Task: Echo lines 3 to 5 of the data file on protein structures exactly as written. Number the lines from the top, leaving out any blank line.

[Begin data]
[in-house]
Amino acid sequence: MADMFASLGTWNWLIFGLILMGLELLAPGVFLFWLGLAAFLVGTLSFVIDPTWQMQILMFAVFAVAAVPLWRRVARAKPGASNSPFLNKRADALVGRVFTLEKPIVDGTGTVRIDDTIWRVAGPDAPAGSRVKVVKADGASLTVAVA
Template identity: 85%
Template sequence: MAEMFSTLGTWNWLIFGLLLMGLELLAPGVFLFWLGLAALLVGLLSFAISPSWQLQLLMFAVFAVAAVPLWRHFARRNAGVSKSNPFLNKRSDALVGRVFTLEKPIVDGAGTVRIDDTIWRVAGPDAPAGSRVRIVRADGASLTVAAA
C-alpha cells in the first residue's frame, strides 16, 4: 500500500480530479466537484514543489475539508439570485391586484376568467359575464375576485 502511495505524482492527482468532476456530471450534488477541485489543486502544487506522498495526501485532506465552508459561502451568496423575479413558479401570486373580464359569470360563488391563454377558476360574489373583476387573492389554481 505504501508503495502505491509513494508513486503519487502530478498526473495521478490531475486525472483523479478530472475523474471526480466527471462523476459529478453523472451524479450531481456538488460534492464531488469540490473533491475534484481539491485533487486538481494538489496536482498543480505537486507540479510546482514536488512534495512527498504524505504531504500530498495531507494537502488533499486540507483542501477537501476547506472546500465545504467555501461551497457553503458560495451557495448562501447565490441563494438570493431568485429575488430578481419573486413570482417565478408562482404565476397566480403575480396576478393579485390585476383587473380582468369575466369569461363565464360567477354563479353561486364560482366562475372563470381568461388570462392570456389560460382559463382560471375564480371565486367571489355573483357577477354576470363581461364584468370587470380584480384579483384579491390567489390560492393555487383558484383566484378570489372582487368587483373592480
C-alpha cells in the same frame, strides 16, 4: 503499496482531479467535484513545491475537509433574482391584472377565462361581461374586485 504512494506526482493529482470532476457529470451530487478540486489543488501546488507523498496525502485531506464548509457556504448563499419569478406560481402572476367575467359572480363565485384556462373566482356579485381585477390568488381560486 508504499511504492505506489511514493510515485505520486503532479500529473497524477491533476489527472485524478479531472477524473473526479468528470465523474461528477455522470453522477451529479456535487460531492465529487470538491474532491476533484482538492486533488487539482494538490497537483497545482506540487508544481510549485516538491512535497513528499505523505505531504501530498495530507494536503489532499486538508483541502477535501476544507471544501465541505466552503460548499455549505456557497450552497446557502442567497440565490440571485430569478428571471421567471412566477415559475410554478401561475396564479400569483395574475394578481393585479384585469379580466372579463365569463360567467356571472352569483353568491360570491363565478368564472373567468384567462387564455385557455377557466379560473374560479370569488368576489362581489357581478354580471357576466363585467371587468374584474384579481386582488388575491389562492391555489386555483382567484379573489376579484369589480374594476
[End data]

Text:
Template identity: 85%
Template sequence: MAEMFSTLGTWNWLIFGLLLMGLELLAPGVFLFWLGLAALLVGLLSFAISPSWQLQLLMFAVFAVAAVPLWRHFARRNAGVSKSNPFLNKRSDALVGRVFTLEKPIVDGAGTVRIDDTIWRVAGPDAPAGSRVRIVRADGASLTVAAA
C-alpha cells in the first residue's frame, strides 16, 4: 500500500480530479466537484514543489475539508439570485391586484376568467359575464375576485 502511495505524482492527482468532476456530471450534488477541485489543486502544487506522498495526501485532506465552508459561502451568496423575479413558479401570486373580464359569470360563488391563454377558476360574489373583476387573492389554481 505504501508503495502505491509513494508513486503519487502530478498526473495521478490531475486525472483523479478530472475523474471526480466527471462523476459529478453523472451524479450531481456538488460534492464531488469540490473533491475534484481539491485533487486538481494538489496536482498543480505537486507540479510546482514536488512534495512527498504524505504531504500530498495531507494537502488533499486540507483542501477537501476547506472546500465545504467555501461551497457553503458560495451557495448562501447565490441563494438570493431568485429575488430578481419573486413570482417565478408562482404565476397566480403575480396576478393579485390585476383587473380582468369575466369569461363565464360567477354563479353561486364560482366562475372563470381568461388570462392570456389560460382559463382560471375564480371565486367571489355573483357577477354576470363581461364584468370587470380584480384579483384579491390567489390560492393555487383558484383566484378570489372582487368587483373592480